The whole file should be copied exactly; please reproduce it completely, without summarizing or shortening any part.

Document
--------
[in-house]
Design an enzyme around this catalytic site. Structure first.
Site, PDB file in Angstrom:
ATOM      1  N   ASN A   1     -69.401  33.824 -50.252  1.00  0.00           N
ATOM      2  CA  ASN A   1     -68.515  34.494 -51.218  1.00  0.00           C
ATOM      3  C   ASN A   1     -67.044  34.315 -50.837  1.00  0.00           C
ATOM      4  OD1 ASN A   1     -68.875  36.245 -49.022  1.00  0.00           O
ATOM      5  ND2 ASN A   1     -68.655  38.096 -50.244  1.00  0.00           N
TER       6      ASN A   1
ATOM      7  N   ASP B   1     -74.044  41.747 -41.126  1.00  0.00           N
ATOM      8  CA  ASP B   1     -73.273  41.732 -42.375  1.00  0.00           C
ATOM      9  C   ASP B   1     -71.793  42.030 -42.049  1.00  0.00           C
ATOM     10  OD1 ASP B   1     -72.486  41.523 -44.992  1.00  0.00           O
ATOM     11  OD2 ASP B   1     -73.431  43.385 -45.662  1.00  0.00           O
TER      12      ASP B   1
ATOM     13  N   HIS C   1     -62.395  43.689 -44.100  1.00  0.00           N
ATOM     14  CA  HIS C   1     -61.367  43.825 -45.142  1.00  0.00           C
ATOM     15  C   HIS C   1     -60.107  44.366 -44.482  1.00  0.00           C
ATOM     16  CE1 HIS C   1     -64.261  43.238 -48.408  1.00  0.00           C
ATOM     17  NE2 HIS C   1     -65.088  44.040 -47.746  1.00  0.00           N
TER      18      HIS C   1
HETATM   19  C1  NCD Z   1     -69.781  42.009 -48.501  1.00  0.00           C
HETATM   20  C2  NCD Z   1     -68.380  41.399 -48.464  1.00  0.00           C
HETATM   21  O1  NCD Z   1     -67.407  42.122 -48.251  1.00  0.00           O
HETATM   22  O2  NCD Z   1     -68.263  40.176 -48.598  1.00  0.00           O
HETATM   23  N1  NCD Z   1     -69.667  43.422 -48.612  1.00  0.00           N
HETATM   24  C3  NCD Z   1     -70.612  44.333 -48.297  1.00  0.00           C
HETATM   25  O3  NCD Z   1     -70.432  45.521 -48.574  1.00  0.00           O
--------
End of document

[in-house]
Design an enzyme around this catalytic site. Structure first.
Site, PDB file in Angstrom:
ATOM      1  N   ASN A   1     -69.401  33.824 -50.252  1.00  0.00           N
ATOM      2  CA  ASN A   1     -68.515  34.494 -51.218  1.00  0.00           C
ATOM      3  C   ASN A   1     -67.044  34.315 -50.837  1.00  0.00           C
ATOM      4  OD1 ASN A   1     -68.875  36.245 -49.022  1.00  0.00           O
ATOM      5  ND2 ASN A   1     -68.655  38.096 -50.244  1.00  0.00           N
TER       6      ASN A   1
ATOM      7  N   ASP B   1     -74.044  41.747 -41.126  1.00  0.00           N
ATOM      8  CA  ASP B   1     -73.273  41.732 -42.375  1.00  0.00           C
ATOM      9  C   ASP B   1     -71.793  42.030 -42.049  1.00  0.00           C
ATOM     10  OD1 ASP B   1     -72.486  41.523 -44.992  1.00  0.00           O
ATOM     11  OD2 ASP B   1     -73.431  43.385 -45.662  1.00  0.00           O
TER      12      ASP B   1
ATOM     13  N   HIS C   1     -62.395  43.689 -44.100  1.00  0.00           N
ATOM     14  CA  HIS C   1     -61.367  43.825 -45.142  1.00  0.00           C
ATOM     15  C   HIS C   1     -60.107  44.366 -44.482  1.00  0.00           C
ATOM     16  CE1 HIS C   1     -64.261  43.238 -48.408  1.00  0.00           C
ATOM     17  NE2 HIS C   1     -65.088  44.040 -47.746  1.00  0.00           N
TER      18      HIS C   1
HETATM   19  C1  NCD Z   1     -69.781  42.009 -48.501  1.00  0.00           C
HETATM   20  C2  NCD Z   1     -68.380  41.399 -48.464  1.00  0.00           C
HETATM   21  O1  NCD Z   1     -67.407  42.122 -48.251  1.00  0.00           O
HETATM   22  O2  NCD Z   1     -68.263  40.176 -48.598  1.00  0.00           O
HETATM   23  N1  NCD Z   1     -69.667  43.422 -48.612  1.00  0.00           N
HETATM   24  C3  NCD Z   1     -70.612  44.333 -48.297  1.00  0.00           C
HETATM   25  O3  NCD Z   1     -70.432  45.521 -48.574  1.00  0.00           O